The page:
At dawn the Battle of Gettysburg resumes on the third day. The morning silence is broken by the Union XII Corps, as from atop Culp’s Hill they begin an artillery bombardment on Confederate forces embedded downhill and nearby. Within hours, Confederate Gen. Richard S. Ewell attacks the federals in an attempt to seize Culp’s Hill, but once again the Union lines hold. Now, those lines are stronger than ever.
Morning passes. Having gained no ground, Confederate Gen. Robert E. Lee shifts tactics. Now focusing on Cemetery Ridge, where he believes Union forces are stretched thin, at 1:00 pm Lee orders some 150 artillery guns to bombard the center of the Union line a mile away. Defending this part of the line is Brig. Gen. Henry Jackson Hunt, who realizes that a major Confederate infantry attack will come following the bombardment. Rather than waste his ammunition, Hunt does not initially respond as the rebel artillery strains to reach Union lines. When he finally does order return fire, it is limited in nature in order to save Union munitions for the Confederate charge sure to follow. In addition, the return fire is concentrated from the flanks of the Union center, leaving Confederate commanders with the mistaken impression that they have knocked out Union cannon in the center.
Some rebel cannons do manage to reach the perimeter of the Union line. Among the units atop Cemetery Ridge are the 108th and 126th New York Infantry Regiments, the former of which bears the brunt of the artillery barrage. Among the Baptist soldiers within these two regiments are Lieutenant Colonel Francis Pierce of the 108th and Captain Winfield Scott of the 126th, former classmates from the University of Rochester, a Baptist school. A third Baptist, Lieutenant Samuel Porter of Rochester, is also a soldier in the 108th.
Around 3:00 pm the cannon fire subsides. Some 12,500 rebel soldiers emerge from their position and begin marching across nearly a mile of open land. “Pickett’s Charge” (named after Major Gen. George Pickett, one of three Confederate generals leading the assault) has begun. Ordered by Lee, the offensive had been contested by Lieutenant Gen. James Longstreet, but to no avail: Lee is determined to take Cemetery Ridge and break the Union line.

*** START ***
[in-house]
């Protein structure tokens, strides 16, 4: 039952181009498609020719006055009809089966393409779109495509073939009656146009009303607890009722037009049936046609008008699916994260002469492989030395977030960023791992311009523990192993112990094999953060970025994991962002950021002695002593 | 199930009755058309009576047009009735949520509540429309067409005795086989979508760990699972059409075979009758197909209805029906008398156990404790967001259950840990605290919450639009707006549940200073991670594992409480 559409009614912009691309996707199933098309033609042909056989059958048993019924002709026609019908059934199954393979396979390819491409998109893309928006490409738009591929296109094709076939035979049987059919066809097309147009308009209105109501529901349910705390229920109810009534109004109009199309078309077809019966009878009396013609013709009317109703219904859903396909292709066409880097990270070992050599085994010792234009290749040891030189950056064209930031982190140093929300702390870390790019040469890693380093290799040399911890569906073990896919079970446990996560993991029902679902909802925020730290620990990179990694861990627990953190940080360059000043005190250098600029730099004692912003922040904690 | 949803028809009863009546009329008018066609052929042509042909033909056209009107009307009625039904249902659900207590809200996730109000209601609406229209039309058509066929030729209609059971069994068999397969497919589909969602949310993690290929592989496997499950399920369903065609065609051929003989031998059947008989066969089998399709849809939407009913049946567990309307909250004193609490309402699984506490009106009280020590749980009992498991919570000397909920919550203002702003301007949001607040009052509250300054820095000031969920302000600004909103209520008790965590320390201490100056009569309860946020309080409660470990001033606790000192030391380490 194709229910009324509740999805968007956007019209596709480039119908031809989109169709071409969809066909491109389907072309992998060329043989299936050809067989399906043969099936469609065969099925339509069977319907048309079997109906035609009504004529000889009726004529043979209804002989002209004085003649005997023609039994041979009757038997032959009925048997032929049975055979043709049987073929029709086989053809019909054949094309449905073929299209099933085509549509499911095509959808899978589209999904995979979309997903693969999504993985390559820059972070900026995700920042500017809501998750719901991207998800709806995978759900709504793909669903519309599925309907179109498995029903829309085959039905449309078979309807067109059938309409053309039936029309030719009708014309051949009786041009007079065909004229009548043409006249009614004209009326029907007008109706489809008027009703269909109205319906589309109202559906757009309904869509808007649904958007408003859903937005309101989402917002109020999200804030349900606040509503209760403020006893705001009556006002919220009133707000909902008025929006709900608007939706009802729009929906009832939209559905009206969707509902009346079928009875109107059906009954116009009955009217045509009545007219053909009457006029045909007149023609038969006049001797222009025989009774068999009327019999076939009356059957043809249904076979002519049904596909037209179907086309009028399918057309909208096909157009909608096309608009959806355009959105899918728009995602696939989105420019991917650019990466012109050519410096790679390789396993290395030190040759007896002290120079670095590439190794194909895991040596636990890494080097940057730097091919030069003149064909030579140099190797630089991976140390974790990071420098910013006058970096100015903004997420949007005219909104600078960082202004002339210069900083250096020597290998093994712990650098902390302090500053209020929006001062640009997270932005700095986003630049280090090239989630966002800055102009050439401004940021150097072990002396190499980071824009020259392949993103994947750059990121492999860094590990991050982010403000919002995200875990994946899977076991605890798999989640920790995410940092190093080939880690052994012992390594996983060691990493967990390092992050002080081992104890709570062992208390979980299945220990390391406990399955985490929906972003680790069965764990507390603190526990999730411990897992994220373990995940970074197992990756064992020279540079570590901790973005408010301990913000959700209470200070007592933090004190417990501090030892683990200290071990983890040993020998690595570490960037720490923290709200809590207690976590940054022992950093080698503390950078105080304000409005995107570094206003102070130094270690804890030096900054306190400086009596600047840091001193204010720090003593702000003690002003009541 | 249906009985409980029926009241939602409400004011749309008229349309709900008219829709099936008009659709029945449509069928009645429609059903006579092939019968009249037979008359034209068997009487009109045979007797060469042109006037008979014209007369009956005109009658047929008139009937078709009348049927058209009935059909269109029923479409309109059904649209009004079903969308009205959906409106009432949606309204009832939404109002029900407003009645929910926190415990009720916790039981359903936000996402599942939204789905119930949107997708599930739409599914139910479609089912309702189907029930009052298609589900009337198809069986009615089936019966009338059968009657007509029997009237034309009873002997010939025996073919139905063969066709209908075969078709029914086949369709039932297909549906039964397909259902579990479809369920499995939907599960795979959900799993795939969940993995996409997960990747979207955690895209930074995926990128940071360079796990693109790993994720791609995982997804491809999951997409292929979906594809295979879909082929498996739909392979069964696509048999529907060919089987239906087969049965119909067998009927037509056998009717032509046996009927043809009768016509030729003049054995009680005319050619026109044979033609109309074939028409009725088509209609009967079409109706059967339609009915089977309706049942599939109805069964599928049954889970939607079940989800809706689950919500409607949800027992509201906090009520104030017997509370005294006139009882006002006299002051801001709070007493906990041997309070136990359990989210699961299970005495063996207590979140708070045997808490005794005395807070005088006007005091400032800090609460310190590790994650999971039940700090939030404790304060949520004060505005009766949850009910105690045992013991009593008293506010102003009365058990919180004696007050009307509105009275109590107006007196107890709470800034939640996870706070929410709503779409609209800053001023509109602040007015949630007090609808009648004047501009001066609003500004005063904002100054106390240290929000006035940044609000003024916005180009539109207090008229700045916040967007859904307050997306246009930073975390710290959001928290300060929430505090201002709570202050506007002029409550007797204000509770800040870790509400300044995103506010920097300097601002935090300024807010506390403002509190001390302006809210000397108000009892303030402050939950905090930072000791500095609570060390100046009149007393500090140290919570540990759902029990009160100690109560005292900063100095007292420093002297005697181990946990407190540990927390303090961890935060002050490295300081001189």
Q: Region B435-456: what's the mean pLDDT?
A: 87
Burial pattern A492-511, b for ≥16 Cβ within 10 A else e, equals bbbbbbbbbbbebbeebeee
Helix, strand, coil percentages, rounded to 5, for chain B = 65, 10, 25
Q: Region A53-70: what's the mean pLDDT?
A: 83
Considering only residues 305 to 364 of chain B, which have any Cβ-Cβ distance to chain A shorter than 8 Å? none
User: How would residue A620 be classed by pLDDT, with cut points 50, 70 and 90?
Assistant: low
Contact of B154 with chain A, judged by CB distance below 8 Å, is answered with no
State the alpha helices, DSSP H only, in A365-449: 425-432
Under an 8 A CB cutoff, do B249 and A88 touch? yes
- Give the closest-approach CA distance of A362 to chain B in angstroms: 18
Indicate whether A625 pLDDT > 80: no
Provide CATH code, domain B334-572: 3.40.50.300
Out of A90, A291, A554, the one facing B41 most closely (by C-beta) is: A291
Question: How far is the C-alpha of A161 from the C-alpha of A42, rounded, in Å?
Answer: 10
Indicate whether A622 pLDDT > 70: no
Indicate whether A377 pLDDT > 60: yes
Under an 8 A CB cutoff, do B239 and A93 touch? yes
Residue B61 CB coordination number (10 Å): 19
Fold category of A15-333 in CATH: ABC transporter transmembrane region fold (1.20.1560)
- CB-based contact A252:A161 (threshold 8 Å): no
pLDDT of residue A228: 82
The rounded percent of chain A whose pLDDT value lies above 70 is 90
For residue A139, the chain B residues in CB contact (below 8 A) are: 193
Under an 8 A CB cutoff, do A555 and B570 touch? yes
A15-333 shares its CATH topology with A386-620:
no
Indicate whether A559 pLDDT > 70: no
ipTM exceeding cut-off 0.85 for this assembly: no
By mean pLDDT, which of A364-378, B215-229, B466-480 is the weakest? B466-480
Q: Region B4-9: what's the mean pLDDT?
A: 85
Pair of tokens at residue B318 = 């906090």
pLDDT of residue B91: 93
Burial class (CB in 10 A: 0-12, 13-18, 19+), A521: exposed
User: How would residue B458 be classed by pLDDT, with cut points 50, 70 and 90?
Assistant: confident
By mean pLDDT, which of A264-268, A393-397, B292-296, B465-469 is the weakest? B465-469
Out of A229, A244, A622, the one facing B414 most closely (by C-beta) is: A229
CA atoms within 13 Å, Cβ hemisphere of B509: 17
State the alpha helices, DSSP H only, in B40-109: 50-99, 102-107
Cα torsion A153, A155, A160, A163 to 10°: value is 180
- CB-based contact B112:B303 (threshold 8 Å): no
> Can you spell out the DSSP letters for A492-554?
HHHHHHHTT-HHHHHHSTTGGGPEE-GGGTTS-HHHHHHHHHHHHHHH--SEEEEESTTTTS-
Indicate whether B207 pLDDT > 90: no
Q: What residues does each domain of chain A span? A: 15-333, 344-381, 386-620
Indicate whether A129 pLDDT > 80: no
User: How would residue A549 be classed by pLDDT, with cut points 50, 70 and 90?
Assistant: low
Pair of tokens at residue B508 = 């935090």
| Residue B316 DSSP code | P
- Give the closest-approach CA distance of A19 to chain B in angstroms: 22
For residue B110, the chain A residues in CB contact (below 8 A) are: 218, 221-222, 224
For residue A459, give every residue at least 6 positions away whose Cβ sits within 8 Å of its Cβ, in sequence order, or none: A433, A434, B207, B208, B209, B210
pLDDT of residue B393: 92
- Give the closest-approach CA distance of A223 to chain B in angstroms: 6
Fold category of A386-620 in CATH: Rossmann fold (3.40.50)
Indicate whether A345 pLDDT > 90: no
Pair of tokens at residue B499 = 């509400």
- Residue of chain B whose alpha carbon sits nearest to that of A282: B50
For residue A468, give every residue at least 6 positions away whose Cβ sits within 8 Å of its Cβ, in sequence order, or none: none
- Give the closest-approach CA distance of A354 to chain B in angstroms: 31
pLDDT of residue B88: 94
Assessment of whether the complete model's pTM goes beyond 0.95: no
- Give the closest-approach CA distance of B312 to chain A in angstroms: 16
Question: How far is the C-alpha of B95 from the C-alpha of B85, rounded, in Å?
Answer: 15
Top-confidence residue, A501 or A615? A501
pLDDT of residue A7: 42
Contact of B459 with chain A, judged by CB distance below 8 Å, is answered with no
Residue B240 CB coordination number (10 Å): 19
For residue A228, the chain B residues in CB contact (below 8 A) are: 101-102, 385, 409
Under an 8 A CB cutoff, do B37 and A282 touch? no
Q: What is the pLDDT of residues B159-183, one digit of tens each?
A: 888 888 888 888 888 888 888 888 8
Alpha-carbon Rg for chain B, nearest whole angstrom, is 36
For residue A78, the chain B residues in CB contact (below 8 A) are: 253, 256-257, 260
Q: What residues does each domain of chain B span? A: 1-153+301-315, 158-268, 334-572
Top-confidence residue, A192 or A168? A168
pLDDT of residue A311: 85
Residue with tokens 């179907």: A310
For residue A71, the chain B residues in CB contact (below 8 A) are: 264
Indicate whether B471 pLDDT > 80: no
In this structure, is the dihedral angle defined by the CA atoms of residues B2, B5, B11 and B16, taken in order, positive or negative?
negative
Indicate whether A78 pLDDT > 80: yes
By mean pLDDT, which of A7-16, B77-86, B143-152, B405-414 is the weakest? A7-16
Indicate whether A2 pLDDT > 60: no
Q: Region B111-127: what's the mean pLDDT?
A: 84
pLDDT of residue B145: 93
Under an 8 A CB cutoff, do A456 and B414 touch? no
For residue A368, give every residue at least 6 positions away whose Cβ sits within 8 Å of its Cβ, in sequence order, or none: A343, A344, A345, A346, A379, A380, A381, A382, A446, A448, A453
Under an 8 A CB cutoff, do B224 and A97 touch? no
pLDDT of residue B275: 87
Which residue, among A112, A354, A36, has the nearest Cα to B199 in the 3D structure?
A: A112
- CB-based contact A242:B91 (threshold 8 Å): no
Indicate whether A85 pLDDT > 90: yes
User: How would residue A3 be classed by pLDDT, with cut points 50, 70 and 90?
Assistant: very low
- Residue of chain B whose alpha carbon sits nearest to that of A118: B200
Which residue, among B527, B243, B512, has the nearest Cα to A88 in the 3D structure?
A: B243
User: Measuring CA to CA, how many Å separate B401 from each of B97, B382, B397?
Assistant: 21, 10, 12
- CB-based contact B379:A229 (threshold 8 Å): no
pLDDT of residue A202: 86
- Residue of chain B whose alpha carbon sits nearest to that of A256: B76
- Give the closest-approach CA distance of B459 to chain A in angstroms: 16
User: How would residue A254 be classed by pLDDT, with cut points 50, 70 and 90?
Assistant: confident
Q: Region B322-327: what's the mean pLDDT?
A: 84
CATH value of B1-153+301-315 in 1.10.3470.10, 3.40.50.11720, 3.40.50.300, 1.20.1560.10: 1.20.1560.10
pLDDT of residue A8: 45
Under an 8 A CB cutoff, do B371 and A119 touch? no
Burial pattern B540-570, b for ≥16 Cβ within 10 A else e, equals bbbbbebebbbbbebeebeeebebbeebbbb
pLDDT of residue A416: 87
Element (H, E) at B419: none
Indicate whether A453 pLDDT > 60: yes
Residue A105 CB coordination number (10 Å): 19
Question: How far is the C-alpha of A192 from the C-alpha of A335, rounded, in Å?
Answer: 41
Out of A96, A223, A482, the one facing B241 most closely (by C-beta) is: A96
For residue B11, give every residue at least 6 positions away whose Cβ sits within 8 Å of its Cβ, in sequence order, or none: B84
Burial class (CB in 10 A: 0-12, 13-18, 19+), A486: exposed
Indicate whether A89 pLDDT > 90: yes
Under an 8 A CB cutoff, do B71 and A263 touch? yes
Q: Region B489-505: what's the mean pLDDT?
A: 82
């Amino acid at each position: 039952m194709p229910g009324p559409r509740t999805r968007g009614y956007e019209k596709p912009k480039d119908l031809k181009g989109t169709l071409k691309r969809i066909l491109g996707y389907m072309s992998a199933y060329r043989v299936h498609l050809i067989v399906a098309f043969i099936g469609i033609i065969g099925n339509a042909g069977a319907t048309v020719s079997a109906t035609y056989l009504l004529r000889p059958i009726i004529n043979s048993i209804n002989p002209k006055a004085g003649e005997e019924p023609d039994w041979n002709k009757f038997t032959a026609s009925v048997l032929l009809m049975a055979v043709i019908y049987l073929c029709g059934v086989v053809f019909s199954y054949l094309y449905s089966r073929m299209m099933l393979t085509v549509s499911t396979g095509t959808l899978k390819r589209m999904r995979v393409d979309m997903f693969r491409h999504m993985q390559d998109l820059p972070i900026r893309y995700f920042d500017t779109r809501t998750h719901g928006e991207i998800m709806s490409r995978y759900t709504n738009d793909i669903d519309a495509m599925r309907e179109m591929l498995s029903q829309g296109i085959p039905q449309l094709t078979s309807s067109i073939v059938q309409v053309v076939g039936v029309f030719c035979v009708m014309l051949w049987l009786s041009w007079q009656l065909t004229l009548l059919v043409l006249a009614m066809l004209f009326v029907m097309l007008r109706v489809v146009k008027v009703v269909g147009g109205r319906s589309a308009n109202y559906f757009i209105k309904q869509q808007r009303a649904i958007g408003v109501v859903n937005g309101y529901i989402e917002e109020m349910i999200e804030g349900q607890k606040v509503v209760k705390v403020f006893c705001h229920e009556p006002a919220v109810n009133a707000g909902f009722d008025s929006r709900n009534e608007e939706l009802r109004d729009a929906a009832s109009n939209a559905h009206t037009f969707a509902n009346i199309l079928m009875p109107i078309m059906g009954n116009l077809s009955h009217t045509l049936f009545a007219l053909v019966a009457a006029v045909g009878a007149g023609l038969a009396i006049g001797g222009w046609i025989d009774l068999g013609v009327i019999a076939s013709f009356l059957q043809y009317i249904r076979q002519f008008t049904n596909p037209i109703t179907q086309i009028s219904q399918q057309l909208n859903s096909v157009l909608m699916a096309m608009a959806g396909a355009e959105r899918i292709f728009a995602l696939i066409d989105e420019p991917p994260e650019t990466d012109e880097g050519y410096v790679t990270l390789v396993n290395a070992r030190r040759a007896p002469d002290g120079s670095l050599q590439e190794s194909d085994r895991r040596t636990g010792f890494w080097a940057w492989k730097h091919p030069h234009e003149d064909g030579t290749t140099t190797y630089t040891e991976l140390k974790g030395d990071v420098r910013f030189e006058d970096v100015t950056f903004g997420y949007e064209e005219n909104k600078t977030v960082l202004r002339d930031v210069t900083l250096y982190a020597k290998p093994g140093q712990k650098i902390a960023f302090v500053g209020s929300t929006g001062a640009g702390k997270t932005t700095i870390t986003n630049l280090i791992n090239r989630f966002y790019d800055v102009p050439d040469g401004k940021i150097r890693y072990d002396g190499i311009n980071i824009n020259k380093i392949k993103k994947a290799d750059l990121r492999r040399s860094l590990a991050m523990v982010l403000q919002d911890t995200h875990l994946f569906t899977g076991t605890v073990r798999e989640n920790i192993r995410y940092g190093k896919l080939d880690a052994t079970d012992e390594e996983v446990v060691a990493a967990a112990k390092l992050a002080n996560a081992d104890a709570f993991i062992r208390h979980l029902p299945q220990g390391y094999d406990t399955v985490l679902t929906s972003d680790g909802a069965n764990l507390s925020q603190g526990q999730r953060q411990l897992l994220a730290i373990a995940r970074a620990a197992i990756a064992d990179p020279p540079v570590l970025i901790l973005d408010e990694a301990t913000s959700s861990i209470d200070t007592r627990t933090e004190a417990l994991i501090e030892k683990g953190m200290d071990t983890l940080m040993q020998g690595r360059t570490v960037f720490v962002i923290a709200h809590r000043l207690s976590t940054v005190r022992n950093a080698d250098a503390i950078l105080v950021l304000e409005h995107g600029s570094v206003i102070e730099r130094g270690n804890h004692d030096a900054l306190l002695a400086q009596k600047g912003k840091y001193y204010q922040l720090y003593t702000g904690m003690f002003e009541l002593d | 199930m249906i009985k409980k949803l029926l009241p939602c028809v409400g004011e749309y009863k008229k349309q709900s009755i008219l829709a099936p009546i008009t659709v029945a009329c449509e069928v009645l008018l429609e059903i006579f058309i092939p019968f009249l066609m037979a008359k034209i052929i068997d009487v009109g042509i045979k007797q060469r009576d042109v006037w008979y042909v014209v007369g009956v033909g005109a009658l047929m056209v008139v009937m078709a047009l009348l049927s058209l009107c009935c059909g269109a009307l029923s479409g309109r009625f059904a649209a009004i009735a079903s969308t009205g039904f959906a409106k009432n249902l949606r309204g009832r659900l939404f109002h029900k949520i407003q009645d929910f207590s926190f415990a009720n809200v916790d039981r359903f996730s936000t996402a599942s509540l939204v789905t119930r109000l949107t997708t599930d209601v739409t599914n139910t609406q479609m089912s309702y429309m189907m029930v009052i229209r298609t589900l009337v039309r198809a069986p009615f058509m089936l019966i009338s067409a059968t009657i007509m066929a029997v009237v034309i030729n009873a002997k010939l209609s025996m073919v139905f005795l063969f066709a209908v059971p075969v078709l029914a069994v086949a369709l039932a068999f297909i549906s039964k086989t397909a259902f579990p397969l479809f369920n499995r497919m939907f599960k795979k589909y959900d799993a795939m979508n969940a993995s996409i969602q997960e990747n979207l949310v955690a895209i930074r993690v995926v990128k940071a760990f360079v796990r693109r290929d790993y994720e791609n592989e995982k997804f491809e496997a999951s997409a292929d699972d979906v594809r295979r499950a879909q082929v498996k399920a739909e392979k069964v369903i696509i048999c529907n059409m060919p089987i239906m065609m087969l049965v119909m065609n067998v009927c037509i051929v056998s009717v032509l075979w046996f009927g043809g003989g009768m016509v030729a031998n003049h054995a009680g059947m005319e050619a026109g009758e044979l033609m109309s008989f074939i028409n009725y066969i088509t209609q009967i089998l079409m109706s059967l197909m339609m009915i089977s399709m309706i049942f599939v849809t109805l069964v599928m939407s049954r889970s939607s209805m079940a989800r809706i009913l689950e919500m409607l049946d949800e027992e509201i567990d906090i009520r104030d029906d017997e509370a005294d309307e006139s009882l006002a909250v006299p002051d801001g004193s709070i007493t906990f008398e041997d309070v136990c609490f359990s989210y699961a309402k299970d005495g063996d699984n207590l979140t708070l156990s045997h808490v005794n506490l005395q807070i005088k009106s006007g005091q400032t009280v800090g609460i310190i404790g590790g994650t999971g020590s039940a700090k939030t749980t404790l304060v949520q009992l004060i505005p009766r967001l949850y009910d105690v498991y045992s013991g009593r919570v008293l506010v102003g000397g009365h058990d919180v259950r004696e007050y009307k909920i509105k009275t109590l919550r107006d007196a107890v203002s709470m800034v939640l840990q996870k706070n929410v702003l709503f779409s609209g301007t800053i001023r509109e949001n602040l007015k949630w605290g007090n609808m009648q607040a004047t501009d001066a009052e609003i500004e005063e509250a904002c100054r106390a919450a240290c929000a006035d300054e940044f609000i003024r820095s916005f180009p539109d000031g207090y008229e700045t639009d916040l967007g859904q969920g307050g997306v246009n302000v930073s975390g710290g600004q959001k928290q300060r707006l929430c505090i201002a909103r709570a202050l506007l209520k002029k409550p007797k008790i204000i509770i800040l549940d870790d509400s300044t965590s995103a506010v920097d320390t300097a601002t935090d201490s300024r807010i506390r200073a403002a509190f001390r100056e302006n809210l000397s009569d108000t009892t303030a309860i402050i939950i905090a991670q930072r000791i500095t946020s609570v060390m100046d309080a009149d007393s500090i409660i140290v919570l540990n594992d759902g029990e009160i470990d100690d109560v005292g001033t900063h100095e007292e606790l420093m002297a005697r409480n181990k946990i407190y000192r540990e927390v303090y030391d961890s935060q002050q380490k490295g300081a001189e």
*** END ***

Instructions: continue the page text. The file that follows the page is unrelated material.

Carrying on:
As the Confederate soldiers begin the perilous march toward Union lines, Union Gen. George G. Meade is prepared: anticipating the evening before that Lee would attack his middle, the general had reinforced Cemetery Ridge during the night. Now, in the bright light of day, the general and his soldiers watch the Confederates advance.
Winfield Scott later said the sight of three Confederate divisions advancing across that deadly field was “grand beyond description.” Thousands of guns and bayonets in the oncoming lines gleamed in the sunlight, so that it looked like “a stream or river of silver moving toward us.”
Union cannons open fire on the exposed Confederates, who are yet far away from federal lines. A slaughter ensues.
The Confederate attack crumbled under the onslaught of Union artillery, and volley after volley of rifle fire. “The valley was full of men,” Scott said. “Like a mob they surged, and were ridden upon by officers. They swept round and round in a hopeless mass, as though they were in great conflict of thought and doubt.”
A few rebels make it across the open field and manage to breach Union lines near the Copse of Trees, obtaining what becomes popularly known as the “high-water mark of the Confederacy,” the closest the South comes to achieving military victory over the United States. Yet the pinnacle of the offensive lasts for only a few moments, as the rebels are quickly pushed back.
The charge is over less than an hour after it began. Only about half of the Confederate soldiers return safely to their own lines. Lee is stunned and demoralized. As the surviving Confederates stumble and straggle back to safety, it is clear that the Union has achieved a great victory.
While a few more engagements take place later today, the battle is essentially over. Lee’s Army of Northern Virginia is decimated. By the close of the day, Confederate casualties in the battle thus far total between 23,000 and 28,000, while one-third of Lee’s officers are dead, wounded or have been captured by the enemy.
Under the cover of darkness Lee evacuates the town of Gettysburg and renews his defensive position on Seminary Ridge.
Across the way atop Cemetery Ridge, Baptists Pierce, Scott and Porter hear the cries of the wounded in the open field and the sounds of Confederate maneuvers in town. Rebel campfires glow in the distance. The three men have survived, and live to fight another day.
In the days following, their nation hails Gettysburg as a major victory, marred only by the large number of casualties and Lee’s escape southward.